Thursday, 9 August 2012

Eriskay ponies save the whisky !

“Without the people of Eriskay there would be no pony
but without the pony there would have been no people on Eriskay”
Quote by Fr Calum MacLellan, a native of Eriskay.

 Eriskay pony

I love the fact that the Eriskay pony is one of the few breeds that hasn't changed for thousands of years.  The breed known as the Scottish Highland pony is descended from the Eriskay type, but has had other breeds introduced which makes it larger.  It has been suggested that many types of other breed have been bred with, and influenced the Highland pony, including Arab, Percheron, Clydesdale, Dales and Fell, but the Erisky pony remains pure.  The reason for this is because of the Islands remote location.  The Outer Hebrides - Uist, Eriskay, Barra, and the other small Islands were very cut off from the mainland until recently.  In the olden days people living on the Islands would of had to row or sail to get to the Islands !

When we visited the Islands we went over a bridge from the mainland to get to Skye, then a ferry to get to North Uist - North Uist is connected to South Uist by a bridge, then we crossed another bridge ( only built very recently ) to get to Eriskay.  To get to Barra is another ferry.  

The bridge between South Uist and Eriskay

There were once many of these ponies throughout Scotland - particularly in the crofting areas, where they helped people with many jobs like carrying peat, working the land, transporting kids to school.  They are very good all-rounders.

There is an interesting story of one very good use the Islanders found for the pony.  In 1941 the cargo ship the  SS Politician foundered off the Eriskay coast, and the islanders, using the Eriskay ponies, carried away the cargo of 250,000 bottles of whisky !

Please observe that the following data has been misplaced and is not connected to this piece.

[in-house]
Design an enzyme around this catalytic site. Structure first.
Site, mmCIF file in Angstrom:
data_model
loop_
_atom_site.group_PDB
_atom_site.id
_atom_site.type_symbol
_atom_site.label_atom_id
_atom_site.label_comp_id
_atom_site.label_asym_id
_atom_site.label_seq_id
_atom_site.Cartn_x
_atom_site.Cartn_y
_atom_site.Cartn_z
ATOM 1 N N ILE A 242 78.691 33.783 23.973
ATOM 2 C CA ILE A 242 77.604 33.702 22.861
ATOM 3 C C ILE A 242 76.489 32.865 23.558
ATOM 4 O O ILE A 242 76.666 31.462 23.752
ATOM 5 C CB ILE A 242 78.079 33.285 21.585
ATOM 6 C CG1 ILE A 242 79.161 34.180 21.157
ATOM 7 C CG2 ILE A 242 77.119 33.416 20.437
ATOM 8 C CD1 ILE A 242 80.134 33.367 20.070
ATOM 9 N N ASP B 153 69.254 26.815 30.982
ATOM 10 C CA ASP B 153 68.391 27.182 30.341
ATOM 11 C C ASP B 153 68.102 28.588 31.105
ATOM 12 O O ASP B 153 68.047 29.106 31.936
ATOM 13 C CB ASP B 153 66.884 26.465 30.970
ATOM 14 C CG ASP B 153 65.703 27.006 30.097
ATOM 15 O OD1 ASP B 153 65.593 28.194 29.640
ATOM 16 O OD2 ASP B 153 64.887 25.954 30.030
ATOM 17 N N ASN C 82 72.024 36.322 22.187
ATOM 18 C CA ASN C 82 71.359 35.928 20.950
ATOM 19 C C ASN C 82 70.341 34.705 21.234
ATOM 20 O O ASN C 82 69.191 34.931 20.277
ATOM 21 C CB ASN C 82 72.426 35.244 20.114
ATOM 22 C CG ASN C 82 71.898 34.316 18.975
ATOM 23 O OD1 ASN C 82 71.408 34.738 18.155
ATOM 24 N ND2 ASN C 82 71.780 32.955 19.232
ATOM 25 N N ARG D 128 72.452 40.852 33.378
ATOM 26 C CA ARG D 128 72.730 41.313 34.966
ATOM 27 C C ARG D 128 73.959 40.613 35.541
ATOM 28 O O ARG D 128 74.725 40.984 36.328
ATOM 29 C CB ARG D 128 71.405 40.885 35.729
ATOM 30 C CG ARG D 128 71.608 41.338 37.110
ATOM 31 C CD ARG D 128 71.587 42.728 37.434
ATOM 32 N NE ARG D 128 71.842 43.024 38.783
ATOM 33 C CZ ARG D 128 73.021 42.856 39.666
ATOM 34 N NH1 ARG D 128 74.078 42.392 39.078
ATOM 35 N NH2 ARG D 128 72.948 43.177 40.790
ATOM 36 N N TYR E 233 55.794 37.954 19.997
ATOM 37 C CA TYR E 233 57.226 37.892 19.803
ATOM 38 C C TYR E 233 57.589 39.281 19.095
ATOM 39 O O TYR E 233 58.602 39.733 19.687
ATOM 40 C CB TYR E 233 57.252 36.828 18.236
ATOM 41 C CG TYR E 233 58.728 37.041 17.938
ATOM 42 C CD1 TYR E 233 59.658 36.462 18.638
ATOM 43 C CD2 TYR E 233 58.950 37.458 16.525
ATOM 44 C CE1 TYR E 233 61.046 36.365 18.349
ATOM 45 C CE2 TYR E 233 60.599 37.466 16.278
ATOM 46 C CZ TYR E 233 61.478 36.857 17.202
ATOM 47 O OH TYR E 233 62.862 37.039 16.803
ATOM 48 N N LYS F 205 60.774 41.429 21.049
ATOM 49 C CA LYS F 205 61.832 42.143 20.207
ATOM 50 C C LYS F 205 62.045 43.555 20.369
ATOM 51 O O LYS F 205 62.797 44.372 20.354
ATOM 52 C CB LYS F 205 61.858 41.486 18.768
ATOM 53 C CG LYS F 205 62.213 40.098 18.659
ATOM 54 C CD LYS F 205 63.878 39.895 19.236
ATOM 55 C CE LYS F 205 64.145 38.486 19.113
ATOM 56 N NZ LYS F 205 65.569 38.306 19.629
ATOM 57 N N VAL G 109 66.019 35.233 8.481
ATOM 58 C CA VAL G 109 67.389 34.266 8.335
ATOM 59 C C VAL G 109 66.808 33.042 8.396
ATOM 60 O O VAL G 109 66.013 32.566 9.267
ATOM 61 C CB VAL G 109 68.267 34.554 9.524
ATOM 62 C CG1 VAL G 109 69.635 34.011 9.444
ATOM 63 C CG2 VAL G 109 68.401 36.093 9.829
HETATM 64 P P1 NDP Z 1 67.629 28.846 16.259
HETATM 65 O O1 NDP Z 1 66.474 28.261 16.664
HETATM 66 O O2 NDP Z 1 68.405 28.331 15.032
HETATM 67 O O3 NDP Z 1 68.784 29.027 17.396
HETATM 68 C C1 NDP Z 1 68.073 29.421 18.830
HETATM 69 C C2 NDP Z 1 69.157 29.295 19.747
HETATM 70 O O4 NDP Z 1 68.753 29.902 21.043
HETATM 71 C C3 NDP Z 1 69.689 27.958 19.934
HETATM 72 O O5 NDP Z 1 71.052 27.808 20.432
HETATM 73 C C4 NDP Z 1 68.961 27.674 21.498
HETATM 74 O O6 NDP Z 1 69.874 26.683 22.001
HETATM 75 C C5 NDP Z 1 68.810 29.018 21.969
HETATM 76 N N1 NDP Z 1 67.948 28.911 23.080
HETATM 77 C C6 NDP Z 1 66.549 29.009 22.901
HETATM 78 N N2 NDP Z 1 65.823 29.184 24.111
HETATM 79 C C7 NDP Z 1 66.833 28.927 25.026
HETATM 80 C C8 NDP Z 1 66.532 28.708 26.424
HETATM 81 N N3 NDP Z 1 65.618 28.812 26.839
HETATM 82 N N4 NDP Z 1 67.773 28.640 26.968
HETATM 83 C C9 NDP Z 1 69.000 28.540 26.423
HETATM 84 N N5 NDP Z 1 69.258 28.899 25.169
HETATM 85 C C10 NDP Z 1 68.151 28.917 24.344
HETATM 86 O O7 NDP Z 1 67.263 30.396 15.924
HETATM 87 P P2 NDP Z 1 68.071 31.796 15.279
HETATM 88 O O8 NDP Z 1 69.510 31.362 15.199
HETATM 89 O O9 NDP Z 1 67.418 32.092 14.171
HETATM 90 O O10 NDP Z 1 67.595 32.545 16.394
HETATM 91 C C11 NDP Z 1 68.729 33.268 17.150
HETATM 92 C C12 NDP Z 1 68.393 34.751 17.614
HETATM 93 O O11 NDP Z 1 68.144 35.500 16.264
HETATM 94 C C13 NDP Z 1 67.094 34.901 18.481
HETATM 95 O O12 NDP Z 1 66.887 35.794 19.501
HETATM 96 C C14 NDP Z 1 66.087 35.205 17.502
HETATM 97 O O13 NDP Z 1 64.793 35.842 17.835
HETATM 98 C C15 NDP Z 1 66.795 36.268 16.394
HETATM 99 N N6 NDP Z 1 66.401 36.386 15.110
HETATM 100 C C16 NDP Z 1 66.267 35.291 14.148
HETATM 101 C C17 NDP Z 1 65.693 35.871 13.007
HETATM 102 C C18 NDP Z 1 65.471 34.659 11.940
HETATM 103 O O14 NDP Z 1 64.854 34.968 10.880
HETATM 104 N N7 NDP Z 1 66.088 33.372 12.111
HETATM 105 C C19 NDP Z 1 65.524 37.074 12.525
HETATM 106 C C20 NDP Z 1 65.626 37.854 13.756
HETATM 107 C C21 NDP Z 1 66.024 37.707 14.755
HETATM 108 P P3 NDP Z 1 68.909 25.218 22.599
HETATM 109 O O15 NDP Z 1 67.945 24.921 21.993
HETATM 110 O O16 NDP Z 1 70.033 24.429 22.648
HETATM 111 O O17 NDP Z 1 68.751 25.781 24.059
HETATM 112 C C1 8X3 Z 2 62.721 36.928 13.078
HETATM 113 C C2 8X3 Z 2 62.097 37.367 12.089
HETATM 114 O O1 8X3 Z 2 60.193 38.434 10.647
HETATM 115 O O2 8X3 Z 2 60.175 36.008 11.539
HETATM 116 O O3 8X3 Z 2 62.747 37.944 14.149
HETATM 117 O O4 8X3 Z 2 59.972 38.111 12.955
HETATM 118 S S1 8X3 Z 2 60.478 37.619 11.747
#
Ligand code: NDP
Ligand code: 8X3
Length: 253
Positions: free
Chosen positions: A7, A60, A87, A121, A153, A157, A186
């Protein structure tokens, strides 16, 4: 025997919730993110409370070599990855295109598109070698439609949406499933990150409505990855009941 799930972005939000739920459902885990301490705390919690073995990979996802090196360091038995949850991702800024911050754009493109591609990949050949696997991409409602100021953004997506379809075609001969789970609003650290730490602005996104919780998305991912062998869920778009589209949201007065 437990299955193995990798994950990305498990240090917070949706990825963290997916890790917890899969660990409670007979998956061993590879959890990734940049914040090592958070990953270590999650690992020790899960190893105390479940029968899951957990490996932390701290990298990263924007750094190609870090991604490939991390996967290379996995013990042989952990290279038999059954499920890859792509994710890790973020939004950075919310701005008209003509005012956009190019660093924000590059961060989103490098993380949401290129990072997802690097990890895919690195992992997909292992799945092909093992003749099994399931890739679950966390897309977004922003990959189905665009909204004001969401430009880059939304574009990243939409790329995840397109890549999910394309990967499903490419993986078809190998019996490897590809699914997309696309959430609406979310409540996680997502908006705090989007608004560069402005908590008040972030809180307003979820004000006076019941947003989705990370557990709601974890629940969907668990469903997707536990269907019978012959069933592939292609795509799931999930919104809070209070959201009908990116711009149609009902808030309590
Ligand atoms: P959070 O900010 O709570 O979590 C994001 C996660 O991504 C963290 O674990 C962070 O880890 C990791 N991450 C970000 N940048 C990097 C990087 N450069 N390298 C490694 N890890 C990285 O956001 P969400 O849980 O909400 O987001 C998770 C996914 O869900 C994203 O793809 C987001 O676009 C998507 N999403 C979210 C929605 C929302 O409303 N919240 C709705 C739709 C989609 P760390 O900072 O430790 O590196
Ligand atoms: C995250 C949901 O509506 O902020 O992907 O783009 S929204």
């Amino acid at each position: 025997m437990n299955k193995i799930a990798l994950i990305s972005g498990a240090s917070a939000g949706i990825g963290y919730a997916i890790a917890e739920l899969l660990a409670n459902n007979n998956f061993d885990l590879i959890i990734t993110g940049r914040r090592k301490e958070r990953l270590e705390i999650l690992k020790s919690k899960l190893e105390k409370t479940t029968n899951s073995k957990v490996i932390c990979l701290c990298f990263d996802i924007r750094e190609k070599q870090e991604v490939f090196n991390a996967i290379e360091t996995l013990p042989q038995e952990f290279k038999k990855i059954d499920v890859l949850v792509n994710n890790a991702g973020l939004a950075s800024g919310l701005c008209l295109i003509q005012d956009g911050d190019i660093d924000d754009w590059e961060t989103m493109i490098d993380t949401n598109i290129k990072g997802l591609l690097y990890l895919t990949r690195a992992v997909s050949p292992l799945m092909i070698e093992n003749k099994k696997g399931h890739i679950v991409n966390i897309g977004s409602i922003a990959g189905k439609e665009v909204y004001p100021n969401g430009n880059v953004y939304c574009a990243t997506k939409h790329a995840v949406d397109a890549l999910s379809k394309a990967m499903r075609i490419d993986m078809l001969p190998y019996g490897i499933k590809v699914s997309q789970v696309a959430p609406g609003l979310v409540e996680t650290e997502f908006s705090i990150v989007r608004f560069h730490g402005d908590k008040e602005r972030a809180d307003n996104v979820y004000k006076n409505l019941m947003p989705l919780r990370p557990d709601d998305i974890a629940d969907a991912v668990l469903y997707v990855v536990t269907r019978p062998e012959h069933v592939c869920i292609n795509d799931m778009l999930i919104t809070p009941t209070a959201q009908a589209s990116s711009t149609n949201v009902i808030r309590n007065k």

Unfortunately, because of the invention of cars and tractors, and other modern 'conveniences' the pony started to decline in numbers.  In 1971 it was realised that there were hardly any left, and no one knew of any stallions, so the breed was faced with extinction.

Read the next blog to find out how an exciting discovery of a horse named Eric saved the day :-)

Tuesday, 7 August 2012

My first blog !

Hi, I'm Mitch ( female in case you wondered )  I sell prints and take photos of pets and horses and their people.

my website

At last I have got round to writing the first post in my new blog !  I have had plans to do it for a long time, but have been so busy.

Please bear with me as I get used to writing - it seems a bit weird at the moment as there are no followers yet, so it seems like I am talking to myself :-)

Any way this is my plan -

I am going to travel the length and breadth of Britain to photograph all the British native ponies in their native environment.  I don't want photos of them in owner's fields, paddocks, etc - they have to be where they are supposed to be - so I will have to travel as far North as the Shetland Isles to see the Shetland ponies, and as far South as Dartmoor and Exmoor in Devon to photograph the ponies there.

I am also going to research the history and background of each of the pony breeds, as well as their different characters.  Many of the British native breeds are declining, in the wild and domestically - some are even on the rare and endangered breeds list, which is very sad.   I want to make people aware of this and show why we should look after the ponies and not let them disappear - they are a part of our heritage.

Here is a chart showing which horse and ponies are on the equine watch list provided by the Rare Breeds Survival Trust

Sadly there are some British ponies that have already become extinct:  the Cushendale, Goonhilly, Tiree and Longmynd pony.  I hope this never happens to any of the others.  Sadly, I have never even heard of these.

I have already been to the Outer Hebrides and the Island Eriskay to photograph the wonderful, friendly and inquisitive Eriskay ponies

Eriskay pony

And the Carneddau area of Snowdonia National park in North Wales to photograph the beautiful, wild, and rugged Welsh Mountain ponies

Welsh Carneddau pony

But I still have the rest to see and I can't wait to meet them all.

If you are interested in native ponies then please follow my blog to see more photos and interesting facts about the native ponies of Britain - I will be starting with the Eriskay ponies that I visited in March and got some lovely photos of.

Also many of the photos are for sale in my Etsy shop